November 07, 2007

 I was able to accept him as wise yet still human.  I found myself releasing him from my expectations of perfection.  I started to see the value of choices I had not understood and I was able to start appreciating the real gifts he had given me as a child.


More than anyone else in my life I believe my father taught me to value an open and questioning mind.  I learned from him never to take the word of another as ultimate fact.  I learned what a truly scientific mind works like.  It asks questions and even when given an answer it continues to query that answer.  Within every fact imposed by science and society there is a hidden doorway into greater possibilities.  But in order to find that door and open it we must be prepared to leave behind the restrictions imposed by the fact.


I learned by observation and contrast that most people shun the hidden doorways; they marvel at the potential imposed in those anomalies but refuse to get too close.  They like their limited perspectives.


My father introduced me to the paranormal, not as something to be shunned, as the world at large seemed to in those years, but rather as something to be embraced, to be understood, to be looked into for greater understanding.  He never hesitated to bring home controversial information whether it was scientific, social or spiritual.  He was always fascinated by those hidden doorways, and in time he imbued me with that same curiosity.


And always,  the places most important to look at were the places our leaders wanted to deny.  You see one of the things an open mind discovers is the very small number of rules existing with no exceptions.  When I was young this open minded approach was difficult, particularly in light of the fact that I was difficult.  Often my teachers reported that I seemed to follow a different rhythm; I marched to a different drum. 


Again I was able to turn to the example of my father. He was able to walk a different path while fitting in to the rules.  My father also gave me the example of capability.  I don’t ever recall him saying he couldn’t do a thing while I often saw him doing things he had never done before.  When I was still quite young my father got together with several of his colleagues to build a fleet of sailboats that I then grew up racing and playing on through my summers.  This was a couple years after having built the family a camper that our family traveled extensively in.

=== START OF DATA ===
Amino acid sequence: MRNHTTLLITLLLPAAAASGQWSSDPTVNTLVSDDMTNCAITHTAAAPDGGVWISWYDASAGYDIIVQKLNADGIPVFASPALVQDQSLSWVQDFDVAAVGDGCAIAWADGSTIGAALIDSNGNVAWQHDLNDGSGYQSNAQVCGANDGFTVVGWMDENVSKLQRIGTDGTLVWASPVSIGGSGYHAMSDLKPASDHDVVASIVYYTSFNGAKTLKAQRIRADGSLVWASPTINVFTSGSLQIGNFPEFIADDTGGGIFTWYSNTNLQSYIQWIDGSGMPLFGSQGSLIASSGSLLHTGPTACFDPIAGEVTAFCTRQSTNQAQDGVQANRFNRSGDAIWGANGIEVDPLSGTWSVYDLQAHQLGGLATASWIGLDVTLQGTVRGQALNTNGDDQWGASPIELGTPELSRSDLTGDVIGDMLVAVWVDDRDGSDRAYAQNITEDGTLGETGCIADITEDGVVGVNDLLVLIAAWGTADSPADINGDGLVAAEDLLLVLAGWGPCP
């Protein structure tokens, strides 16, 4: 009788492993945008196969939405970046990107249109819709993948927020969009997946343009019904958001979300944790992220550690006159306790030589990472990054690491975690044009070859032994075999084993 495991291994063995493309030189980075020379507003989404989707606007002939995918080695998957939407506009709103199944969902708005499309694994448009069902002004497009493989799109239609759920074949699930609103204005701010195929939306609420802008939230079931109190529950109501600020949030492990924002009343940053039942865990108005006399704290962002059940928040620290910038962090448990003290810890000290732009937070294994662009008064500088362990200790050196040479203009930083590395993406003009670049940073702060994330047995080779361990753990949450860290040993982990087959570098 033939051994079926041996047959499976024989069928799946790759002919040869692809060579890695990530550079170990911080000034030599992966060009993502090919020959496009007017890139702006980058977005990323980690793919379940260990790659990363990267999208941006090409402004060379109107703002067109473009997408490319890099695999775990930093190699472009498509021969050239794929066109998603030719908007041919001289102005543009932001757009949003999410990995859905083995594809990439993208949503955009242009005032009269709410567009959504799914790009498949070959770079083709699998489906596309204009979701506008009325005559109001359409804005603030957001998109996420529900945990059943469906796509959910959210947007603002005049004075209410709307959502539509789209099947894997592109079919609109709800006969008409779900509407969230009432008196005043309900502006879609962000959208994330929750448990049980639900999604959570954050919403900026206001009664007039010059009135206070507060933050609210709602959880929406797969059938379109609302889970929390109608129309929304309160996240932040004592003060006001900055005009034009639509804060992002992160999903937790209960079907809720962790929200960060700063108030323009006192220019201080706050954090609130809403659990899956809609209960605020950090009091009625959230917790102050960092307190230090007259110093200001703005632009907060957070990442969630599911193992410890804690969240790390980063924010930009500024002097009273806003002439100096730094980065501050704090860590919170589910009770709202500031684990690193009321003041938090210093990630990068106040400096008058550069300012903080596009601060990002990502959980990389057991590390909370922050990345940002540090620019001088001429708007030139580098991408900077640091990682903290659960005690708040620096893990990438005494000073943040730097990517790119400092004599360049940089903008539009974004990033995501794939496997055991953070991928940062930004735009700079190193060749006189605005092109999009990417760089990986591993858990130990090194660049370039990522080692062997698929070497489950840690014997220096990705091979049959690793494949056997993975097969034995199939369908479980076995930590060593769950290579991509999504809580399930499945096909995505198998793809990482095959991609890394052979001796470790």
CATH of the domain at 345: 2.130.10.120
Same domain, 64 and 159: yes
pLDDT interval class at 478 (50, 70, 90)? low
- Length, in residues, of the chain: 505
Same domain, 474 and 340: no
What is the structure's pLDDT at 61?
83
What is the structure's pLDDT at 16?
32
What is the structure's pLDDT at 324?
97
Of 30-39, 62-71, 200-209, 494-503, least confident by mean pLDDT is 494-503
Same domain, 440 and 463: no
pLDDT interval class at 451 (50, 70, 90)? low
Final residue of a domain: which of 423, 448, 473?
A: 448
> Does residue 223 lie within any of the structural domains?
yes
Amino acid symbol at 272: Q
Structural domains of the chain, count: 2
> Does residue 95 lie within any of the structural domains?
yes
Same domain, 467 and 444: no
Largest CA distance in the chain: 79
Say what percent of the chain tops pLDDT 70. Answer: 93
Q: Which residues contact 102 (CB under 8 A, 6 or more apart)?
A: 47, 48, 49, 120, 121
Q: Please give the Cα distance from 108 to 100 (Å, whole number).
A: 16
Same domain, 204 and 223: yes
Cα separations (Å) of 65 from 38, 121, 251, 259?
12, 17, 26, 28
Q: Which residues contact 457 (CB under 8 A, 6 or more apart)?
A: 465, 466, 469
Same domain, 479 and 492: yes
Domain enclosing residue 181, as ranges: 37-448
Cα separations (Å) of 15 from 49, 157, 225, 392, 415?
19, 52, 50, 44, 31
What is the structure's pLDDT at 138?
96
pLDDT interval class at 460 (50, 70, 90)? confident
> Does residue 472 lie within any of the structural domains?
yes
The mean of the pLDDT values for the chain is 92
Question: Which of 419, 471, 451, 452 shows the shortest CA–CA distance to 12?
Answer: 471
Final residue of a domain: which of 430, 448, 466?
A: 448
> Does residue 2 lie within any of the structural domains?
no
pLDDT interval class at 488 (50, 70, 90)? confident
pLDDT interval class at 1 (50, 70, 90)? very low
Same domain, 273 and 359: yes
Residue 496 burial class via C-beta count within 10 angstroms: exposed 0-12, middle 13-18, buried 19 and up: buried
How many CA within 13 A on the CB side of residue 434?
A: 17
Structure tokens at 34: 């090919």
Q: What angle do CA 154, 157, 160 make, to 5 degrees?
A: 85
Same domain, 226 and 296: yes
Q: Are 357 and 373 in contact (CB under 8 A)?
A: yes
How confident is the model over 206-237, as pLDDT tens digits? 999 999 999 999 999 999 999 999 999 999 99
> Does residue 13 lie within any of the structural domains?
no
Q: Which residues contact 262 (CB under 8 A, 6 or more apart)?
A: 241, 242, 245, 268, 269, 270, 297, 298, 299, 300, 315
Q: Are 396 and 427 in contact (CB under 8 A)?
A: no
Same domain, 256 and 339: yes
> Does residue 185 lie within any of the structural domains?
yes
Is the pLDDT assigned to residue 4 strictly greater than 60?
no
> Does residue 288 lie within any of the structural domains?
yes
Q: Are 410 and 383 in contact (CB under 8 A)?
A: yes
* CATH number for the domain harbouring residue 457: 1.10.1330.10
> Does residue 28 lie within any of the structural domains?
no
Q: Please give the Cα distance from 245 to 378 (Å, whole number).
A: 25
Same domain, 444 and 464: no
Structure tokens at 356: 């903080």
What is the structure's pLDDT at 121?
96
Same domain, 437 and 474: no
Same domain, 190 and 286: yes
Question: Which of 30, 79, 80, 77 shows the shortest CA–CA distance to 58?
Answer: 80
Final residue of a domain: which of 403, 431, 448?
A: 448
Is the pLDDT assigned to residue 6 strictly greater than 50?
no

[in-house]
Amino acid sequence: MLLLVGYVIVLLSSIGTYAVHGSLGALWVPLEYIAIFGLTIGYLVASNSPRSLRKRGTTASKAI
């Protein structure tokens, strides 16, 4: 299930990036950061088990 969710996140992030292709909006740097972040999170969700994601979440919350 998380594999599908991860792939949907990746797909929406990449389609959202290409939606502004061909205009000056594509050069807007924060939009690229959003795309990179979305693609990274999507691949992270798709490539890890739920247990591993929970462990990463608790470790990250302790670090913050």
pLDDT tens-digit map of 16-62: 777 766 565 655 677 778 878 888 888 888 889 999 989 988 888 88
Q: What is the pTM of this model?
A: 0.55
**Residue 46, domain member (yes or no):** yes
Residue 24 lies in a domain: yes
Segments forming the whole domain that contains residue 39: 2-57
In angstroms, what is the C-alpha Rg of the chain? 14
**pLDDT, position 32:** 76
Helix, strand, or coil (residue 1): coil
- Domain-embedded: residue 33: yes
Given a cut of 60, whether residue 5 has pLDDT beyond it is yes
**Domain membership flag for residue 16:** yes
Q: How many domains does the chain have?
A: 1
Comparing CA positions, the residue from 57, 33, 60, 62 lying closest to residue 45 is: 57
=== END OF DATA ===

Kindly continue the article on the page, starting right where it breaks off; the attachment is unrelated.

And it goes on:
All of this taught me to be willing to take risks for what I believed in then, and believe in today.  I learned from him to stay the course when challenges came up and I learned from him not to judge people.  Our house was always open to the most diverse of people from Asian exchange students to local fortune tellers; there was always some one who could show us a different way of looking at the world.


My father taught me to appreciate the people like him in my life.  And today I get to say Happy Birthday Dad.


As I say this I recognize just how much of this litany holds value for every person out there.  We all have had people in our lives who were capable of teaching us so much if we would only let them.  Do we recognize them, give them credit, honour them?  We do our best, yet in order to do justice we must be able to see the gifts with the faults.  The faults must be there for us to see our own abilities; for us to develop and follow a vision for ourselves.  If these wonderful people in our lives were perfect we would be unable to see the way to our own perfection.  Because of their imperfections they light our way always to a greater experience.


We often see people from a limiting perspective of the flesh and bones standing before us.  Yet people are so much more.  Every person is a depth and breadth of passion that makes the physical shell truly insignificant.  And often it is that flaw in the shell, ‘that thing’ about them we really dislike which is the doorway to the wonderful relationship they can be in our lives.  Even more often the thing we don’t like in them, when we get down to letting it go, turns out to be our own hurt and intolerance, our own judgments and expectations.  When we let go of our opinions for the sake of love and friendship we are always the greatest beneficiaries. 


So if you are seeing the flaws in someone close to you maybe its time to change your focus.  Maybe just allow those flaws and start noticing more all the things you really appreciate.  I am sure you will ultimately find yourself to be the greatest beneficiary of your broadened perspectives.